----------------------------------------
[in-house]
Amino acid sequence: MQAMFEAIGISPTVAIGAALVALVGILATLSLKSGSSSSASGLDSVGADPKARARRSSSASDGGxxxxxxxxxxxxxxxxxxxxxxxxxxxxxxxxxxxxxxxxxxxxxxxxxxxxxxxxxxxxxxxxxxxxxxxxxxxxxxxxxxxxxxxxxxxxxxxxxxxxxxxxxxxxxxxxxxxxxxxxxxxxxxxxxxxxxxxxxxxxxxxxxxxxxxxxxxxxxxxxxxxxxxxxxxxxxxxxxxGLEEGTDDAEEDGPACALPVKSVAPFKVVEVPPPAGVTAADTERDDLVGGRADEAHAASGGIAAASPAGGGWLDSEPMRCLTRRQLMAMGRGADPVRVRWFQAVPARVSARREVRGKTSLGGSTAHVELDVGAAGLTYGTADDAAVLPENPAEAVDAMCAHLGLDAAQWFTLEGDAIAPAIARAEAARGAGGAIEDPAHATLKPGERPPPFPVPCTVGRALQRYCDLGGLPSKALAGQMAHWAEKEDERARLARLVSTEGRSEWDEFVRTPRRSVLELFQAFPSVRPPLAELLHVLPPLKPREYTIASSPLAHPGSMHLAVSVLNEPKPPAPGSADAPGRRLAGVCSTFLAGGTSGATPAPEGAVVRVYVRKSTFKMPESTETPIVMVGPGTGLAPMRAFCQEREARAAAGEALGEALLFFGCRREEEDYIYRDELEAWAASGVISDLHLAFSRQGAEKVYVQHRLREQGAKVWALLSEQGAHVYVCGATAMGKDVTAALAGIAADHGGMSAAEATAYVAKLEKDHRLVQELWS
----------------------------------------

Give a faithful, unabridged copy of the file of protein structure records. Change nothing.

[in-house]
Amino acid sequence: MQAMFEAIGISPTVAIGAALVALVGILATLSLKSGSSSSASGLDSVGADPKARARRSSSASDGGxxxxxxxxxxxxxxxxxxxxxxxxxxxxxxxxxxxxxxxxxxxxxxxxxxxxxxxxxxxxxxxxxxxxxxxxxxxxxxxxxxxxxxxxxxxxxxxxxxxxxxxxxxxxxxxxxxxxxxxxxxxxxxxxxxxxxxxxxxxxxxxxxxxxxxxxxxxxxxxxxxxxxxxxxxxxxxxxxxGLEEGTDDAEEDGPACALPVKSVAPFKVVEVPPPAGVTAADTERDDLVGGRADEAHAASGGIAAASPAGGGWLDSEPMRCLTRRQLMAMGRGADPVRVRWFQAVPARVSARREVRGKTSLGGSTAHVELDVGAAGLTYGTADDAAVLPENPAEAVDAMCAHLGLDAAQWFTLEGDAIAPAIARAEAARGAGGAIEDPAHATLKPGERPPPFPVPCTVGRALQRYCDLGGLPSKALAGQMAHWAEKEDERARLARLVSTEGRSEWDEFVRTPRRSVLELFQAFPSVRPPLAELLHVLPPLKPREYTIASSPLAHPGSMHLAVSVLNEPKPPAPGSADAPGRRLAGVCSTFLAGGTSGATPAPEGAVVRVYVRKSTFKMPESTETPIVMVGPGTGLAPMRAFCQEREARAAAGEALGEALLFFGCRREEEDYIYRDELEAWAASGVISDLHLAFSRQGAEKVYVQHRLREQGAKVWALLSEQGAHVYVCGATAMGKDVTAALAGIAADHGGMSAAEATAYVAKLEKDHRLVQELWS